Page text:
Samuel Beckett's Dublin

When it is cold it stinks, and not till then.
The seasonable or more rabid heats

Of love and summer in some other cities

Unseal the all too human: not in his.

When it is cold it stinks, but not before;



Smells to high heaven then most creaturely

When it is cold. It stinks, but not before

His freezing eye has done its best to maim,

To amputate limbs, livelihood and name,

Abstracting life beyond all likelihood.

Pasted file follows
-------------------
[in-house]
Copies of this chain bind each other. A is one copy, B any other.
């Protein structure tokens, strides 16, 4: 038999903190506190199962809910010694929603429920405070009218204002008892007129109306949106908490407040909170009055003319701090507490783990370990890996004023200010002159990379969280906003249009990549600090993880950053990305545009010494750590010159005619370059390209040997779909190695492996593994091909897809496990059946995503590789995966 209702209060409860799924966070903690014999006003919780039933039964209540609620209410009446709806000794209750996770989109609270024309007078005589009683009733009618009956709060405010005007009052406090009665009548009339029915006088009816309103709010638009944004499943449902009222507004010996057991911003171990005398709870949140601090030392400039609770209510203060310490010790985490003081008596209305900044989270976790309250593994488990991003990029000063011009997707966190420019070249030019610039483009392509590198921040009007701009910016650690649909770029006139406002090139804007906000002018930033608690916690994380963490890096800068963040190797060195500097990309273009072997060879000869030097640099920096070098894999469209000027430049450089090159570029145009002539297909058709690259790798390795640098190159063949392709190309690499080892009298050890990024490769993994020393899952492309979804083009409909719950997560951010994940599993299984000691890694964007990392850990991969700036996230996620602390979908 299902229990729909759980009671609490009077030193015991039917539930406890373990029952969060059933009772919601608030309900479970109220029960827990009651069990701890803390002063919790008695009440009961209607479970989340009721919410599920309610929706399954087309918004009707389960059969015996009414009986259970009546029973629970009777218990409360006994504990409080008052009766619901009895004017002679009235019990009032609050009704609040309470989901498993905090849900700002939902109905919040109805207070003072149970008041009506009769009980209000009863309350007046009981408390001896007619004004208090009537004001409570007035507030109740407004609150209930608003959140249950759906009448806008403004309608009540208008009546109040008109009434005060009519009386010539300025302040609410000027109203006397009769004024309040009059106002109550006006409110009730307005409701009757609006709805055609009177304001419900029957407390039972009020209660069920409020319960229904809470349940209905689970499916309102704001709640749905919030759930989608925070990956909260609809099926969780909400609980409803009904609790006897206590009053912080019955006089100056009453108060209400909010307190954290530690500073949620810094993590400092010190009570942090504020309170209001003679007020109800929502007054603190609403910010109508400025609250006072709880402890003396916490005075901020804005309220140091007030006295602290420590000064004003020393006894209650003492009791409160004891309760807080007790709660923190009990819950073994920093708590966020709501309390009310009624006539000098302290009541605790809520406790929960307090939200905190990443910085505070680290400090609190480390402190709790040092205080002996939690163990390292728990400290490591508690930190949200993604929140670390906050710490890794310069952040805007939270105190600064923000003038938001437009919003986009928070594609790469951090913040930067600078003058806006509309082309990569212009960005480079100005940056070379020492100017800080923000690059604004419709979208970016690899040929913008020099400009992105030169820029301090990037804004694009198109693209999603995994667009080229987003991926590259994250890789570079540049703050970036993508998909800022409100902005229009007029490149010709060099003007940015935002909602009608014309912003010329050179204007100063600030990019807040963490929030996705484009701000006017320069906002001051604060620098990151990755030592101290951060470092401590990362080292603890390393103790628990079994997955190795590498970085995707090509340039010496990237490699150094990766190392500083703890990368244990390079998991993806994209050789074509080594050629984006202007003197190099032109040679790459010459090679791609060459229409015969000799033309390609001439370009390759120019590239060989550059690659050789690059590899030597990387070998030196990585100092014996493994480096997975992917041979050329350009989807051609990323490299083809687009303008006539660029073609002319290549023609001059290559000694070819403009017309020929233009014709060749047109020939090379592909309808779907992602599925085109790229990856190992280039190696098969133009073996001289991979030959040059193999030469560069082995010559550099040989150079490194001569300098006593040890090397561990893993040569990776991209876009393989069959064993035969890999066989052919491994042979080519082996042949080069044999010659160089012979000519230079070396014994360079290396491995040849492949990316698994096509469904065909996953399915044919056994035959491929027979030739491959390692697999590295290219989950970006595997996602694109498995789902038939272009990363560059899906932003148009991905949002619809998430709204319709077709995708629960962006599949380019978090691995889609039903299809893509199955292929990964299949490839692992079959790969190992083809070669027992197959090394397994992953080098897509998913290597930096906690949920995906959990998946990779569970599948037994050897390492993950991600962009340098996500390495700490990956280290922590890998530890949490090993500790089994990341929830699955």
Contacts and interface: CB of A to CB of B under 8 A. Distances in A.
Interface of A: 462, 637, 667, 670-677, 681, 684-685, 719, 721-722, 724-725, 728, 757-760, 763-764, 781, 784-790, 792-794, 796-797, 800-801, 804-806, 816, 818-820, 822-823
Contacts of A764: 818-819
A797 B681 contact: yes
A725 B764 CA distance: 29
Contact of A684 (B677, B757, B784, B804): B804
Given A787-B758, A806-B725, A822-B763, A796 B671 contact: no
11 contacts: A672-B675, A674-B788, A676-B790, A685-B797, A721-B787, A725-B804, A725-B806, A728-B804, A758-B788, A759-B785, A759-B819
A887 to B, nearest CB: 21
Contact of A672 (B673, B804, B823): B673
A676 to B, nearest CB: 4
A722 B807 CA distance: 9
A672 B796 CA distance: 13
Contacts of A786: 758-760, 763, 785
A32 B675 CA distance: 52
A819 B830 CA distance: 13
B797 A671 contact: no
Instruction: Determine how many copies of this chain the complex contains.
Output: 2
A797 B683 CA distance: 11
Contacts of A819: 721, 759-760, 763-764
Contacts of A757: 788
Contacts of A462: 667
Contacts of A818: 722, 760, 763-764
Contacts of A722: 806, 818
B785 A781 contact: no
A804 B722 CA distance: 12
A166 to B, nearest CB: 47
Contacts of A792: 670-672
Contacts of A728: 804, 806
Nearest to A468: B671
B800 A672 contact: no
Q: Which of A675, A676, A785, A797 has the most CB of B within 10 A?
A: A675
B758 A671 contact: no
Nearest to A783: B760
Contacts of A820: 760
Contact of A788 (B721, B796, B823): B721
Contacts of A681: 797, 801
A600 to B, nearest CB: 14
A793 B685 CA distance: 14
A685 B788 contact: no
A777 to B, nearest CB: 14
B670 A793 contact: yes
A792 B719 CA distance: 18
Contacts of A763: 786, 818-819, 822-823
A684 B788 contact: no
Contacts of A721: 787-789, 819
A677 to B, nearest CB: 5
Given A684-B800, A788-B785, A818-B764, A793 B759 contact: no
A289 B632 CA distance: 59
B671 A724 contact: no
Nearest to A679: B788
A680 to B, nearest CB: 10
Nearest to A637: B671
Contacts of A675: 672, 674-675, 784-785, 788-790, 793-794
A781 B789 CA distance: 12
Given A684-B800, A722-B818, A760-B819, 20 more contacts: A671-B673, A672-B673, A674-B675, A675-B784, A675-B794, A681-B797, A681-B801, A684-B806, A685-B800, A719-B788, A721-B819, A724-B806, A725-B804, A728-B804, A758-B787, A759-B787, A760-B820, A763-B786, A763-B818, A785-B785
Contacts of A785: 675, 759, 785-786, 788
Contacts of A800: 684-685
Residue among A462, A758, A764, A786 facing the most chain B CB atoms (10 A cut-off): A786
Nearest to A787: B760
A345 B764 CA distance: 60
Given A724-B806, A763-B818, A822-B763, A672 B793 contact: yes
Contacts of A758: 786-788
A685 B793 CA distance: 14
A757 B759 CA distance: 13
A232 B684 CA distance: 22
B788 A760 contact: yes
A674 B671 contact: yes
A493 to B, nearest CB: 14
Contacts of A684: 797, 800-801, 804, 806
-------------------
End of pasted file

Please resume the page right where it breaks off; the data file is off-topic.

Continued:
When it is cold it stinks, and not till then

Can it be fragrant. On canal and street,

Colder and colder, Murphy to Molloy,

The weather hardens round the Idiot Boy,

The gleeful hero of the long retreat.



When he is cold he stinks, but not before,

This living corpse. The existential weather

Smells out in these abortive minims, men

Who barely living therefore altogether

Live till they die; and sweetly smell till then.

by Donald Alfred Davie

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